Torture in Bahrain “intensifying”

Bahrain uprising began in 2011

Bahraini human rights activists say that torture in the country is getting worse despite the international spotlight on the nation.

In a meeting at the House of Lords in London yesterday several alleged torture victims gave harrowing testimonies of their ordeals and those of their loved ones and complained that the Bahraini regime is not being held to account.

Former opposition MP Jalal Fairooz said: “They use electric shocks and sleep deprivation and shocks to the brain using microwave technology. They put you in stress positions and solitary confinement and sometimes they even bring your family in front of you and threaten to rape them, including teenage daughters. This is all done in an attempt to silence political dissent.”

Lawyer Mohammed al-Tajir added: “They use extreme temperatures to try and break you like hot and cold. They will throw you in freezing water or off the second floor of a building to break your bones. The West is not putting enough pressure on Bahrain so they are in effect giving them a green light to continue these abuses.”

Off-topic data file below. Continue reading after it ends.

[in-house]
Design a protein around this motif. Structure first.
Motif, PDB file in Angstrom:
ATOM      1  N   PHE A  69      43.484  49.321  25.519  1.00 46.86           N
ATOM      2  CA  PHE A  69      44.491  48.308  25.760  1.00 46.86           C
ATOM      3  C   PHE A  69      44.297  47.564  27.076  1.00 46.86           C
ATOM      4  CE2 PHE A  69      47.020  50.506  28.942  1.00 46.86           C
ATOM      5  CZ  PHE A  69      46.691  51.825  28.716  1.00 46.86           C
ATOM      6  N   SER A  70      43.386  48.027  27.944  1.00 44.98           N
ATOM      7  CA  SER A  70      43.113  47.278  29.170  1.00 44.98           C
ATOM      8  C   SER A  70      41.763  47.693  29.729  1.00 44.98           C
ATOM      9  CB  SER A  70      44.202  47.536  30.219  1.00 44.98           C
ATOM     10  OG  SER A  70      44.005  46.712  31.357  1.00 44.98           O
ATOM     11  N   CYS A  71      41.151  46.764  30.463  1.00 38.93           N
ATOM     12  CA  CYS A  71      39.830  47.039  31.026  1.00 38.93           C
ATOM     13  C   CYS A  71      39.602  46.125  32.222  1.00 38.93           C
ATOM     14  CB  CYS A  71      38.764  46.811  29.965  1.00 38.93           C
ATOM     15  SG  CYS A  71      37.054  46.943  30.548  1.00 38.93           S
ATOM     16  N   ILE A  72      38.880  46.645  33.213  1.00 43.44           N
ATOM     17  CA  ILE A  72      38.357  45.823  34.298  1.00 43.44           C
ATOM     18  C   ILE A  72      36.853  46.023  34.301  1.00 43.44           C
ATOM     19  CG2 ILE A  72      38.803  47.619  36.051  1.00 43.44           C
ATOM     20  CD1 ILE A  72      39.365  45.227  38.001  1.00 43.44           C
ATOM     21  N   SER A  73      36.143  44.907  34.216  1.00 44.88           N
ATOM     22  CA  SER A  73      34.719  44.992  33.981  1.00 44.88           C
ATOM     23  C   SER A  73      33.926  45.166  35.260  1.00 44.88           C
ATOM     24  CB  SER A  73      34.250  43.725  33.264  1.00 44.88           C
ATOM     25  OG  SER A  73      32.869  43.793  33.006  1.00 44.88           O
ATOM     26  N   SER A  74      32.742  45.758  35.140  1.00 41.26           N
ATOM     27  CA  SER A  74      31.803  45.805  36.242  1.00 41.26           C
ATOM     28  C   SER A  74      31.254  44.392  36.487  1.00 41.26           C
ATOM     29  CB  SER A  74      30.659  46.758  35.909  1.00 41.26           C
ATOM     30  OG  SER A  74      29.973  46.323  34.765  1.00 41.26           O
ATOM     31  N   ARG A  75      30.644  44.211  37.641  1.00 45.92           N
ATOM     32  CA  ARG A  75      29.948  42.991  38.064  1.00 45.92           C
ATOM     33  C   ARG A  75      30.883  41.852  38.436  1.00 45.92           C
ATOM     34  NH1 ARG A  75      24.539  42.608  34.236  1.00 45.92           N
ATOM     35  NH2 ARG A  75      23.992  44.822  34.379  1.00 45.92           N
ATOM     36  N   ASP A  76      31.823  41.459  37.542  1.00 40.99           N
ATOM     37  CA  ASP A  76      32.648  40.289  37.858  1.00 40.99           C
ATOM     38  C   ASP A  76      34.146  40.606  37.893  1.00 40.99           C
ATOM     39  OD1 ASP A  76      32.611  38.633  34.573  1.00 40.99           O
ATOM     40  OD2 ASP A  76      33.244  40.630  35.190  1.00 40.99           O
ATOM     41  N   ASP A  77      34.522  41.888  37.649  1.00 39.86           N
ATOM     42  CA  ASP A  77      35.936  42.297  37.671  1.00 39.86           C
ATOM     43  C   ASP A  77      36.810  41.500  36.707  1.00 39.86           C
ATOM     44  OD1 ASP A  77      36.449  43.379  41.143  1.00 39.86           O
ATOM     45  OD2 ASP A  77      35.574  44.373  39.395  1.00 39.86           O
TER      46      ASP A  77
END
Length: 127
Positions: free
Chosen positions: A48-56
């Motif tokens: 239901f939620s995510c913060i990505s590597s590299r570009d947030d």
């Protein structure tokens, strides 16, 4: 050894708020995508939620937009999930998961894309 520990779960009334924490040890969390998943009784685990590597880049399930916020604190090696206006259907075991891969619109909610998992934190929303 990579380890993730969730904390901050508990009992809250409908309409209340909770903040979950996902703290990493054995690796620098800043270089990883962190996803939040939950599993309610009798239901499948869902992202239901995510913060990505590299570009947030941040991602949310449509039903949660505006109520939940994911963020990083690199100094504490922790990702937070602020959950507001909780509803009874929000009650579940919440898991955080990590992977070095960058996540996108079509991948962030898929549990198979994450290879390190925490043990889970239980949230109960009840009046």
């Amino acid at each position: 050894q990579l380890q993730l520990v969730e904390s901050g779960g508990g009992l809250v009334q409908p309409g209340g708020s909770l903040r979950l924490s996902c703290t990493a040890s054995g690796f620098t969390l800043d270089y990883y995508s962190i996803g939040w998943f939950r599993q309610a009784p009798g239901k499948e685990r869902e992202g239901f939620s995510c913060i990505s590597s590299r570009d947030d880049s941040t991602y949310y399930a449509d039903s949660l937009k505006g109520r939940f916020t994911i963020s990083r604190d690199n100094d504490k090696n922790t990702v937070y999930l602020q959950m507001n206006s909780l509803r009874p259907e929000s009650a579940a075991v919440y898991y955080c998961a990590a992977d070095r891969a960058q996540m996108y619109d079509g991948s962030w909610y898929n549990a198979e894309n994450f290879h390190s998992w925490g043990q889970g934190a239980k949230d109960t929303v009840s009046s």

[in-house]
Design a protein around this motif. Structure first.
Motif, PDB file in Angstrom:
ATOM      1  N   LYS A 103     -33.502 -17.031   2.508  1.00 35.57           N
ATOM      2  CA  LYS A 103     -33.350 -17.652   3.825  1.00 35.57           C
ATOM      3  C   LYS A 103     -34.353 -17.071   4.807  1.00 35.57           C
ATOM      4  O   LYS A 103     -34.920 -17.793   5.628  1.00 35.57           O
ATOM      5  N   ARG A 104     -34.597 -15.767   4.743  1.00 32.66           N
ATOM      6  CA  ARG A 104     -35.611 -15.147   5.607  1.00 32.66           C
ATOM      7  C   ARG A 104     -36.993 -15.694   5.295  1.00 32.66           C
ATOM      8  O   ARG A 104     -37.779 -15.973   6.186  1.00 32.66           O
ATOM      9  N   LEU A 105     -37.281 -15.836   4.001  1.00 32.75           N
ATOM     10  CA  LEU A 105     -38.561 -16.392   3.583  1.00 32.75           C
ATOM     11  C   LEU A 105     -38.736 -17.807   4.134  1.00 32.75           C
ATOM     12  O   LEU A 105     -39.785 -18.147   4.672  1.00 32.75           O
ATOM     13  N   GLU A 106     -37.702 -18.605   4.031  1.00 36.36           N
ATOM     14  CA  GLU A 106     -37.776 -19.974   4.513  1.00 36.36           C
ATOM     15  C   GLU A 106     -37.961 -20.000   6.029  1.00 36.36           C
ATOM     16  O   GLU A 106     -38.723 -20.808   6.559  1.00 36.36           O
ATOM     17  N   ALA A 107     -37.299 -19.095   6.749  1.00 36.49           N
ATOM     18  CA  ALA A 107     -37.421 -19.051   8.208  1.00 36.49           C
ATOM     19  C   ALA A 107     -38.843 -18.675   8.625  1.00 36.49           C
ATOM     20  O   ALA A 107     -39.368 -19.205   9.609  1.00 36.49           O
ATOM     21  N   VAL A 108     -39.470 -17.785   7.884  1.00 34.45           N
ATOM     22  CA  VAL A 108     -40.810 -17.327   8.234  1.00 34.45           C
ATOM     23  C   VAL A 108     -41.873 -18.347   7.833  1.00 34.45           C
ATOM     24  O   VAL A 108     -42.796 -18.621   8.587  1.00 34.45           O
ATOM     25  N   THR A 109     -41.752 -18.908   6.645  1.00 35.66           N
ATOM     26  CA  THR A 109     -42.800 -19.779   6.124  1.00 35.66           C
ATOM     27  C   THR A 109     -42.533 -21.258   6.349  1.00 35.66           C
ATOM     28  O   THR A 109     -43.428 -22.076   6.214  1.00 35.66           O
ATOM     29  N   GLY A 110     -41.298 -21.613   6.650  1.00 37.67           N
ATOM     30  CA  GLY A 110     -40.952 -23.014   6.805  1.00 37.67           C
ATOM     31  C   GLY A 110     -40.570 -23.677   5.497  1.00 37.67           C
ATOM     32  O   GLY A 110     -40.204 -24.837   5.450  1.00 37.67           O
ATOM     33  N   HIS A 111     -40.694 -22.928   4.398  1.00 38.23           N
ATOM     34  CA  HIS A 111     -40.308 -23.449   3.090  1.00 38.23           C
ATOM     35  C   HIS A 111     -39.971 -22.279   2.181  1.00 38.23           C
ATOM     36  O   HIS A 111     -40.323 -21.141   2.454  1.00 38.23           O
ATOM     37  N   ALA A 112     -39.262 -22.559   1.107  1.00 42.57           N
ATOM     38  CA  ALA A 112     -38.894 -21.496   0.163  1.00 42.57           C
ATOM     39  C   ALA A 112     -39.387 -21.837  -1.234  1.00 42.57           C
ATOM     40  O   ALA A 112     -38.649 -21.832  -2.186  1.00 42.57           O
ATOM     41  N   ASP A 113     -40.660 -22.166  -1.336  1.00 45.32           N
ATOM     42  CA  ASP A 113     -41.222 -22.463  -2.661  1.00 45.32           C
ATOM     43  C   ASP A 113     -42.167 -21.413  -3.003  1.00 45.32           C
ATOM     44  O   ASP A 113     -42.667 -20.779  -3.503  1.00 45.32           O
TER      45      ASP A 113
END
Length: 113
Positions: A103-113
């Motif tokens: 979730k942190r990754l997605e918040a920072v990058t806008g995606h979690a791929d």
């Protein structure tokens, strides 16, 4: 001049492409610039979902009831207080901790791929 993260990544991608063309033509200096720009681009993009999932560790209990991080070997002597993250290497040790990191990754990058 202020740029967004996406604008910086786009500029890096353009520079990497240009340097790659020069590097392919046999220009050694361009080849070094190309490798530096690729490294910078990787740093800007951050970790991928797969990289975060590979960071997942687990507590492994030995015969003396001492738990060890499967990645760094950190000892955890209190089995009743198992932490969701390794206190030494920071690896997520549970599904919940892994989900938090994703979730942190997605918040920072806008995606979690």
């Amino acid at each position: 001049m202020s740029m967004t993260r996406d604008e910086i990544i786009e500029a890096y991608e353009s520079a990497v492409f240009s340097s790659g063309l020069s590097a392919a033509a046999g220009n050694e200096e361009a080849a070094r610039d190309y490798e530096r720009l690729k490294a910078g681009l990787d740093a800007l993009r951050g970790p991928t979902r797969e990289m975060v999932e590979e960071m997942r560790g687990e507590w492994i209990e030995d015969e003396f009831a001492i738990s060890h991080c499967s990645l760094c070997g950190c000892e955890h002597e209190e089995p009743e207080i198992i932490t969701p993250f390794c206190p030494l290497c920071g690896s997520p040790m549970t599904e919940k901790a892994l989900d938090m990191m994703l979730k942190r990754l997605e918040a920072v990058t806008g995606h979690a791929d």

Popular uprising

Two and a half years after a huge popular uprising broke out in the Gulf nation human rights defenders say that policeman who murdered and tortured protestors have not been held to account. Meanwhile, western nations, including the UK, continue to supply the regime with weapons and provide it with political support.

Manama says that the uprising was instigated by foreign powers – a reference to Iran – and that it has thoroughly investigated alleged abuses. It says it is currently conducting a national dialogue with the opposition to bring about national reconciliation and reform.

The uprising was crushed in 2011 with the military assistance of Saudi Arabia at the cost of dozens of lives. The majority Shia community complain of systematic discrimination and are agitating for reform or regime change. Many of their main political leaders are in jail.

Meanwhile, the minority Sunni rulers say they are simply trying to restore stability and prosperity to a country that is under attack from rioters and criminals.

The struggle has turned increasingly sectarian over the past few years with communities very polarised. Many Bahraini activists are exiled in the UK after having been forced to leave their country because of their political opposition to the regime.

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